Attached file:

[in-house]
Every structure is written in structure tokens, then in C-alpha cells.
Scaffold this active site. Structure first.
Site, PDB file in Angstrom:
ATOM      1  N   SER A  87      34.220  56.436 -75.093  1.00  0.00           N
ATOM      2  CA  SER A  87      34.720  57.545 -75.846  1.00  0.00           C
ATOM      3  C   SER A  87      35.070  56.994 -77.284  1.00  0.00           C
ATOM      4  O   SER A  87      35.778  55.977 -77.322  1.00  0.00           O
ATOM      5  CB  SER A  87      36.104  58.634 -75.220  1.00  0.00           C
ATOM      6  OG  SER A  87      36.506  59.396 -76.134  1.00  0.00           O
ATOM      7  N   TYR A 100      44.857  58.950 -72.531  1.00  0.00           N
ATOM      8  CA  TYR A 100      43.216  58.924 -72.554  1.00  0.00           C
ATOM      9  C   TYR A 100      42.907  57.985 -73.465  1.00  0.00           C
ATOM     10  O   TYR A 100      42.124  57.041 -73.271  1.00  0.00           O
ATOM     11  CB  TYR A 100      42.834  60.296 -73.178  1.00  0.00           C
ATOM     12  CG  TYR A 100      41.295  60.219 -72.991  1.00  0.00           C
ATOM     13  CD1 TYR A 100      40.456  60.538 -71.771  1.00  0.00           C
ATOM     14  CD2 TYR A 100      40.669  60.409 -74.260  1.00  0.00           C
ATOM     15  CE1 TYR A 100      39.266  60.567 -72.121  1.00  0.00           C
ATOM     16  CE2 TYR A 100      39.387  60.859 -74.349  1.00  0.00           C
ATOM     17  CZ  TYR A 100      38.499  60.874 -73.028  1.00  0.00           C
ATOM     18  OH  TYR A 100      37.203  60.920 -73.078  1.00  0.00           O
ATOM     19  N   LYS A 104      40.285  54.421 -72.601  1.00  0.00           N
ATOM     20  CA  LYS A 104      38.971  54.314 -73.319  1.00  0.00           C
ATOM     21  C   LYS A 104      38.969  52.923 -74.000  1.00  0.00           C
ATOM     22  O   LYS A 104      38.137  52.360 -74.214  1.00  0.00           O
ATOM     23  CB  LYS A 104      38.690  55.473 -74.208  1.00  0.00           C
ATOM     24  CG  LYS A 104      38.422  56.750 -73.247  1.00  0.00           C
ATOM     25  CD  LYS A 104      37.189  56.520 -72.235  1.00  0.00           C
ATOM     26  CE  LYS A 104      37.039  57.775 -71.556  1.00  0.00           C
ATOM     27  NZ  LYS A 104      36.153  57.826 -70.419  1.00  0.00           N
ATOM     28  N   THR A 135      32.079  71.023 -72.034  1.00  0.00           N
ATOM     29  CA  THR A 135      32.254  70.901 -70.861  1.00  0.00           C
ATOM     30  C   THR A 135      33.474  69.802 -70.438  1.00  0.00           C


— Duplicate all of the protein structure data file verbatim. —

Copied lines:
[in-house]
Every structure is written in structure tokens, then in C-alpha cells.
Scaffold this active site. Structure first.
Site, PDB file in Angstrom:
ATOM      1  N   SER A  87      34.220  56.436 -75.093  1.00  0.00           N
ATOM      2  CA  SER A  87      34.720  57.545 -75.846  1.00  0.00           C
ATOM      3  C   SER A  87      35.070  56.994 -77.284  1.00  0.00           C
ATOM      4  O   SER A  87      35.778  55.977 -77.322  1.00  0.00           O
ATOM      5  CB  SER A  87      36.104  58.634 -75.220  1.00  0.00           C
ATOM      6  OG  SER A  87      36.506  59.396 -76.134  1.00  0.00           O
ATOM      7  N   TYR A 100      44.857  58.950 -72.531  1.00  0.00           N
ATOM      8  CA  TYR A 100      43.216  58.924 -72.554  1.00  0.00           C
ATOM      9  C   TYR A 100      42.907  57.985 -73.465  1.00  0.00           C
ATOM     10  O   TYR A 100      42.124  57.041 -73.271  1.00  0.00           O
ATOM     11  CB  TYR A 100      42.834  60.296 -73.178  1.00  0.00           C
ATOM     12  CG  TYR A 100      41.295  60.219 -72.991  1.00  0.00           C
ATOM     13  CD1 TYR A 100      40.456  60.538 -71.771  1.00  0.00           C
ATOM     14  CD2 TYR A 100      40.669  60.409 -74.260  1.00  0.00           C
ATOM     15  CE1 TYR A 100      39.266  60.567 -72.121  1.00  0.00           C
ATOM     16  CE2 TYR A 100      39.387  60.859 -74.349  1.00  0.00           C
ATOM     17  CZ  TYR A 100      38.499  60.874 -73.028  1.00  0.00           C
ATOM     18  OH  TYR A 100      37.203  60.920 -73.078  1.00  0.00           O
ATOM     19  N   LYS A 104      40.285  54.421 -72.601  1.00  0.00           N
ATOM     20  CA  LYS A 104      38.971  54.314 -73.319  1.00  0.00           C
ATOM     21  C   LYS A 104      38.969  52.923 -74.000  1.00  0.00           C
ATOM     22  O   LYS A 104      38.137  52.360 -74.214  1.00  0.00           O
ATOM     23  CB  LYS A 104      38.690  55.473 -74.208  1.00  0.00           C
ATOM     24  CG  LYS A 104      38.422  56.750 -73.247  1.00  0.00           C
ATOM     25  CD  LYS A 104      37.189  56.520 -72.235  1.00  0.00           C
ATOM     26  CE  LYS A 104      37.039  57.775 -71.556  1.00  0.00           C
ATOM     27  NZ  LYS A 104      36.153  57.826 -70.419  1.00  0.00           N
ATOM     28  N   THR A 135      32.079  71.023 -72.034  1.00  0.00           N
ATOM     29  CA  THR A 135      32.254  70.901 -70.861  1.00  0.00           C
ATOM     30  C   THR A 135      33.474  69.802 -70.438  1.00  0.00           C